By Jonathon Van Maren
The National Education Association, America’s largest teacher’s union, describes itself as “more than 3 million people—educators, students, activists, workers, parents, neighbors, friends—who believe in opportunity for all students and in the power of public education to transform lives and create a more just and inclusive society.” That is an admirably transparent description of an organization that sees public education not as a public service so much as an ideological tool with which to mold the minds of generations of Americans in their own progressive image.
The NEA has been at the center of many controversies of late as LGBT activists become more brazen in their attempts to inject their ideology into every aspect of the curriculum and parents have begun protesting in response. One of their latest moves, however, is a microcosmic example of what the NEA stands for and why it is so dangerous. The NEA published a summer reading list titled “Great Summer Reads for Educators!”, and the titles they chose to include are indicative of their agenda.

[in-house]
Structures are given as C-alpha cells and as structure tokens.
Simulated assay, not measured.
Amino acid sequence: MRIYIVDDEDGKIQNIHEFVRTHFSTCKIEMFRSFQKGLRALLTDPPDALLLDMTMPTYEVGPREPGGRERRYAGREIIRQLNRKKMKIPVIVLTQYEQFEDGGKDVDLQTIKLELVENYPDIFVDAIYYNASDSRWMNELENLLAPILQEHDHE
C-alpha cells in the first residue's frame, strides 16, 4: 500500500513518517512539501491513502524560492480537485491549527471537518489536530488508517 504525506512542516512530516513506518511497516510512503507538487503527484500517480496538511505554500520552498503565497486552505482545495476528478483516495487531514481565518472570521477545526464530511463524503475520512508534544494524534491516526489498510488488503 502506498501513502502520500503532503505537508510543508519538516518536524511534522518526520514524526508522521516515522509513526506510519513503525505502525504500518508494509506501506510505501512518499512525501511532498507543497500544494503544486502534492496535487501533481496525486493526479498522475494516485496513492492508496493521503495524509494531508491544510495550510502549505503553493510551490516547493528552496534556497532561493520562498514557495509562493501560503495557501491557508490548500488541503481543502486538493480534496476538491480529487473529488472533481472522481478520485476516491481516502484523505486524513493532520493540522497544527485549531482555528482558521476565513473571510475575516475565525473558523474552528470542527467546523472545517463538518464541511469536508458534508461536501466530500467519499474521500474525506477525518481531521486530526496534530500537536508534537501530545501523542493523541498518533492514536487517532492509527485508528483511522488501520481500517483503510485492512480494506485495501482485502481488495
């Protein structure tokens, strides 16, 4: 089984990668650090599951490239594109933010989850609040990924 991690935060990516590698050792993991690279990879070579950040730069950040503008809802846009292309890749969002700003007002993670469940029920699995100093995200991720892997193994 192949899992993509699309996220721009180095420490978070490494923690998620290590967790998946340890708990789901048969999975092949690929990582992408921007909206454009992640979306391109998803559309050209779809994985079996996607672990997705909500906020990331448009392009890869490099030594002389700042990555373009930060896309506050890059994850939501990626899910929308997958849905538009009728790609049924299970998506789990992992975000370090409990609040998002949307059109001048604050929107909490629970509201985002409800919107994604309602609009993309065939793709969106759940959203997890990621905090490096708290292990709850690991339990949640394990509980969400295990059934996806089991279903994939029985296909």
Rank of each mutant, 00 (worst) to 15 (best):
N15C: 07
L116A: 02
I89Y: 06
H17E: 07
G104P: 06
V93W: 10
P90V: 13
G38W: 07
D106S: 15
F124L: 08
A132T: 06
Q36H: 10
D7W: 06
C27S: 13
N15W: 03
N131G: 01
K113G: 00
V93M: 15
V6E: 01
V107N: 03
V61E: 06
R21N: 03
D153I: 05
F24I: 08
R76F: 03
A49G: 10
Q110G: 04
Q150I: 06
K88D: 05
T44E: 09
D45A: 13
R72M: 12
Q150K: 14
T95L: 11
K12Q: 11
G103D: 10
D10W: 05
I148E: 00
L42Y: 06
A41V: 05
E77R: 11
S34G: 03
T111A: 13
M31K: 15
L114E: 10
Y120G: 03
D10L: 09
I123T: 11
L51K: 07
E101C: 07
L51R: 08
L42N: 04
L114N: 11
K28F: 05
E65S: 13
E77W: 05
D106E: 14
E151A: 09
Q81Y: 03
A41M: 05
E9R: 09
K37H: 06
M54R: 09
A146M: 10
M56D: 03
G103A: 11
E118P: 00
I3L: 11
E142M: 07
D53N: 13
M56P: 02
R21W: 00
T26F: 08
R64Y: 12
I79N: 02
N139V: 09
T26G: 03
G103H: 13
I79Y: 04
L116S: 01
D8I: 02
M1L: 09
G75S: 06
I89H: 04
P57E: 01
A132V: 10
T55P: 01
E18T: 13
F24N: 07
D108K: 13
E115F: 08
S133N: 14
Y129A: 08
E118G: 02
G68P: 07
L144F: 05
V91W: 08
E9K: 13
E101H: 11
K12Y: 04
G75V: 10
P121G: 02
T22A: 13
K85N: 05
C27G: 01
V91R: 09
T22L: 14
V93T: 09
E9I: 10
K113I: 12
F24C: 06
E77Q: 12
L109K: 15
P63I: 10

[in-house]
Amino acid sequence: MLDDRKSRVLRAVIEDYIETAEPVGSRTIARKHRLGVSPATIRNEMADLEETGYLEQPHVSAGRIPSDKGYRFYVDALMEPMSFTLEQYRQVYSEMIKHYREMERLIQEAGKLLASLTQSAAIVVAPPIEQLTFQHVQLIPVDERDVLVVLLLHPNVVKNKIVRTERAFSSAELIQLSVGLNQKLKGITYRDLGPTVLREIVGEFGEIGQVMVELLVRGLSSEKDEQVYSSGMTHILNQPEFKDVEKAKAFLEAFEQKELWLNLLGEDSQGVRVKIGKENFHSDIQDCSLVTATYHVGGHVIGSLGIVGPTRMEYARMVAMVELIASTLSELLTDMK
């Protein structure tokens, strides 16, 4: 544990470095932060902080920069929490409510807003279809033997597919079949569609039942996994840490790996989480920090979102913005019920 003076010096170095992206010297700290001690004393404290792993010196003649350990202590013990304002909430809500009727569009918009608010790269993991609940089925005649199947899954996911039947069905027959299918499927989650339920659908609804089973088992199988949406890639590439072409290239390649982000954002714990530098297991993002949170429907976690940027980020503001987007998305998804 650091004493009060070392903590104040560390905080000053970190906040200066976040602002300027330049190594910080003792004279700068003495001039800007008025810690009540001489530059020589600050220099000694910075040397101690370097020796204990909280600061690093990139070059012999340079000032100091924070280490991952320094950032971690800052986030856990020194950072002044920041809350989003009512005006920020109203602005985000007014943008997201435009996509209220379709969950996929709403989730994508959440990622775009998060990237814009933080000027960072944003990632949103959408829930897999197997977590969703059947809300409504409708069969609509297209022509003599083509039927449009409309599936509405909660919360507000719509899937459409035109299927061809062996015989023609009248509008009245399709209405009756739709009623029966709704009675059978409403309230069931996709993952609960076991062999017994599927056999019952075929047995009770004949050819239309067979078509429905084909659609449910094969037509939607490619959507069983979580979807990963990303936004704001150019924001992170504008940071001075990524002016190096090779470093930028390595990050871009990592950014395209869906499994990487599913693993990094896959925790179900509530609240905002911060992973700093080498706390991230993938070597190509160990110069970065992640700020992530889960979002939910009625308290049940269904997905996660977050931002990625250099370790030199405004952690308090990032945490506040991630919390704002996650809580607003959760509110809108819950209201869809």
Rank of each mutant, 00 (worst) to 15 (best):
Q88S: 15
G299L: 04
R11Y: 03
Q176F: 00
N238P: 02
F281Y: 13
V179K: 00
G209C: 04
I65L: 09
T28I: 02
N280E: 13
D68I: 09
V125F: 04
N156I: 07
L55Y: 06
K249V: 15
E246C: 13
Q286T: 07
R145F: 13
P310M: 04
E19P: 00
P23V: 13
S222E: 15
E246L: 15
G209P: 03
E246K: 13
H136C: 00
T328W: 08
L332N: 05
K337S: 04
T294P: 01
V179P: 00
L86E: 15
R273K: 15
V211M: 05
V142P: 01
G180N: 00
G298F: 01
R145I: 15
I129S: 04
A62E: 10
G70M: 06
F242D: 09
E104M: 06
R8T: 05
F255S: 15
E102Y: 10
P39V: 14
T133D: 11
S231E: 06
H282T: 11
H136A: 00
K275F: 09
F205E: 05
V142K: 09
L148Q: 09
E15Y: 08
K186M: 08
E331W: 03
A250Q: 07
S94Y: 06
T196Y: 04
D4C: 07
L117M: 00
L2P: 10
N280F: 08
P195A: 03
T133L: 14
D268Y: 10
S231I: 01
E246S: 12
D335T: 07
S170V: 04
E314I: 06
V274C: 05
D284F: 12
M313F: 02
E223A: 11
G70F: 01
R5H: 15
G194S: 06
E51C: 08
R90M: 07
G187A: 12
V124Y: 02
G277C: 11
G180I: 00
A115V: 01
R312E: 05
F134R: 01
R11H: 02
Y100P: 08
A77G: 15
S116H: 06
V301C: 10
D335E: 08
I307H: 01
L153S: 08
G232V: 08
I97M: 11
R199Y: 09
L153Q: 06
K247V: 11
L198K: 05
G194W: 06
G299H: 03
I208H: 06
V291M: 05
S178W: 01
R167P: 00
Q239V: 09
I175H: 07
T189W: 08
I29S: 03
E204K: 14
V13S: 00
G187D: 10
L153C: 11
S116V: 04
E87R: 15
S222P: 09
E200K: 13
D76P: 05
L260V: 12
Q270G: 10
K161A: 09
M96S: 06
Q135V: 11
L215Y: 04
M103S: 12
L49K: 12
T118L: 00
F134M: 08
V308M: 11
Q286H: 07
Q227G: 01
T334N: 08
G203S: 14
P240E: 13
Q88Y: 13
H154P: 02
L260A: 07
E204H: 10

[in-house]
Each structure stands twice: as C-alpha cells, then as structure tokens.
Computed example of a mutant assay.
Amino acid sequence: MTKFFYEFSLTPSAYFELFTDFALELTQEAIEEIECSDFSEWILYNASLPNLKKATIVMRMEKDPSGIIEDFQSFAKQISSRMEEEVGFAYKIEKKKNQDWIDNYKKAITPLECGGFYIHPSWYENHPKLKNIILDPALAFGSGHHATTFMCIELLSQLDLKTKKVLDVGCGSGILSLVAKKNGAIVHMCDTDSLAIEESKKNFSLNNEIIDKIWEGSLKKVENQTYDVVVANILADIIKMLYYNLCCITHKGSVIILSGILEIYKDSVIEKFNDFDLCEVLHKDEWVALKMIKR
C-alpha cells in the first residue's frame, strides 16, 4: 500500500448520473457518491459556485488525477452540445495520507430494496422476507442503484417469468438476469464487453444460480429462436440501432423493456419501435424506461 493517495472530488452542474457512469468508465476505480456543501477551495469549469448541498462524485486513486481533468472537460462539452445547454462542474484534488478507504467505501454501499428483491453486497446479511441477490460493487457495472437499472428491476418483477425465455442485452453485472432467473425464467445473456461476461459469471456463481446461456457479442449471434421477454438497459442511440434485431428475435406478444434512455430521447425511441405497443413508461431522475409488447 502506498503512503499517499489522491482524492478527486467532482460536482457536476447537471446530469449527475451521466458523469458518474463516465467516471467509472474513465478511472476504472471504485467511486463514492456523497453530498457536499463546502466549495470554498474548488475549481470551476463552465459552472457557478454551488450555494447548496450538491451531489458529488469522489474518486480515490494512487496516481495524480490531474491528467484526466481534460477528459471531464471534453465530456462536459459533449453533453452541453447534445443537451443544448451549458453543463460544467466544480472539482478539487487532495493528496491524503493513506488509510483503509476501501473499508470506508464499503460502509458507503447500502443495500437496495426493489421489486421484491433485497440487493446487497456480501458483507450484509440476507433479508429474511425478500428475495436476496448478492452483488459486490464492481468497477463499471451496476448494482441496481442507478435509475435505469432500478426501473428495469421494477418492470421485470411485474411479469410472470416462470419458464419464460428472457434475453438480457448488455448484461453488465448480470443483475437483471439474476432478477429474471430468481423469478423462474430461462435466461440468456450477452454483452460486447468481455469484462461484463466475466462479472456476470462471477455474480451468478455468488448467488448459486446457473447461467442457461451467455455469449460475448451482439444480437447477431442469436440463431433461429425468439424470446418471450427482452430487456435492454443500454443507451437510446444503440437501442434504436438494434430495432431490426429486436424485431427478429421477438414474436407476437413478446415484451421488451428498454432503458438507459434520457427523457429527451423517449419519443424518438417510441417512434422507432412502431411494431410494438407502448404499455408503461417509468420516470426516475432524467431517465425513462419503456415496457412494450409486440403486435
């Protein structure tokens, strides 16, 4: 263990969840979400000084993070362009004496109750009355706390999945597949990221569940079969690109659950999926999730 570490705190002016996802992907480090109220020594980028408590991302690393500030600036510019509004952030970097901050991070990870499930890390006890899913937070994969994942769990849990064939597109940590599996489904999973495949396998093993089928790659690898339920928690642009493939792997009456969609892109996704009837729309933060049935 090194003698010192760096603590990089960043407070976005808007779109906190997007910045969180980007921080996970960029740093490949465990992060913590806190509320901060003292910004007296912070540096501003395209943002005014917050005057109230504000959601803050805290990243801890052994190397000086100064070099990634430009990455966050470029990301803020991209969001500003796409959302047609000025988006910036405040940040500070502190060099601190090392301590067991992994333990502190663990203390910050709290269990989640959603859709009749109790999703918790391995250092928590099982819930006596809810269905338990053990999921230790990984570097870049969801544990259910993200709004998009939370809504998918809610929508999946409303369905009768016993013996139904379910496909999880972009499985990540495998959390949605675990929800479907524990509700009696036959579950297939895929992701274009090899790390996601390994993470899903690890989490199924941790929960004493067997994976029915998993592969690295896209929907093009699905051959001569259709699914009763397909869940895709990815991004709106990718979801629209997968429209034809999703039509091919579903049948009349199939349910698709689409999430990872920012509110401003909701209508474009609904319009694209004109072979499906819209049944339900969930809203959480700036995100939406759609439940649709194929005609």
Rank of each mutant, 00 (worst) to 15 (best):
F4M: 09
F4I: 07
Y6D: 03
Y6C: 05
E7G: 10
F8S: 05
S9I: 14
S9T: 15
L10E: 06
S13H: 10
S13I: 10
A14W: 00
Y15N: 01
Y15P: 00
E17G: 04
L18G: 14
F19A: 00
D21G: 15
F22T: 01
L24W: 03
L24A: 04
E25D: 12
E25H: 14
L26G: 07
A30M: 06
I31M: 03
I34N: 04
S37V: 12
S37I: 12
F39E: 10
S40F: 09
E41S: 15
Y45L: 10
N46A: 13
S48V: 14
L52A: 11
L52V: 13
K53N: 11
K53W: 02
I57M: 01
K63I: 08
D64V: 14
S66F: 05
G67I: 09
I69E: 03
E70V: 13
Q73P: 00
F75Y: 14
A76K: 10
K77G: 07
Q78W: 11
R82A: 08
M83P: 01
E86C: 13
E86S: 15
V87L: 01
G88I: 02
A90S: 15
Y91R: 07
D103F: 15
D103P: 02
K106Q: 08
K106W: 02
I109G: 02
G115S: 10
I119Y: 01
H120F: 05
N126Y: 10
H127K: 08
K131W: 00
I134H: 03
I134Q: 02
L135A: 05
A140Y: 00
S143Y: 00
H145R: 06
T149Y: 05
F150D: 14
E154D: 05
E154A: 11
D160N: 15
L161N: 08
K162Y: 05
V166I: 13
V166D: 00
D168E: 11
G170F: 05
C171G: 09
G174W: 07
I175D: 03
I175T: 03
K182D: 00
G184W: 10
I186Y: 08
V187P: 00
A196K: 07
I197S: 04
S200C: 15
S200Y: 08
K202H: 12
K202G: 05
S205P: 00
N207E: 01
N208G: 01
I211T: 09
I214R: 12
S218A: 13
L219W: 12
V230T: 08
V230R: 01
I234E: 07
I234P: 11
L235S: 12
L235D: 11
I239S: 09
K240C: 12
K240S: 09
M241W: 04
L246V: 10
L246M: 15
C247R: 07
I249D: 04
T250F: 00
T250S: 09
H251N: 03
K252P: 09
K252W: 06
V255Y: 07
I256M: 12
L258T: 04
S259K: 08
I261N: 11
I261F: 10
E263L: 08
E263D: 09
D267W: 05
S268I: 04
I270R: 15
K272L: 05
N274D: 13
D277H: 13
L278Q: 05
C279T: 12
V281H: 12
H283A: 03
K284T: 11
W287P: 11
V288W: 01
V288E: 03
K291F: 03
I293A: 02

One of their top recommendations is Gender Queer: A Memoir by Maia Kobabe, which they describe as “about identifying outside the gender binary.” Kobabe’s book is deceitfully described as “banned,” a disingenuous reference to the fact that many parents and teachers were upset to discover that a book filled with explicit pornography was being included in school libraries where both elementary and secondary school students had access to it. Gender Queer is a graphic novel that features shocking drawings of sex scenes, including detailed depictions of homosexual oral sex accompanied by descriptions of various sex acts. Gender Queer meets every definition of porn, but is defended by the NEA and other LGBT activists as essential for kids.
Gender Queer also includes information about dildos and sexting. Again, this book is not only being recommended for educators—it is being recommended for children, and defended by the largest labor union in America (as well as plenty of school boards in Canada and elsewhere). As the New York Post observed, when Florida Governor Ron DeSantis tried to show images from the books his administration was removing from public school libraries, news outlets had to cut away from the press conference because the pictures were too graphic for TV—although not too graphic for children. The NEA wants to corrupt children, and one way they do that is by describing pornographic material as a “banned book.”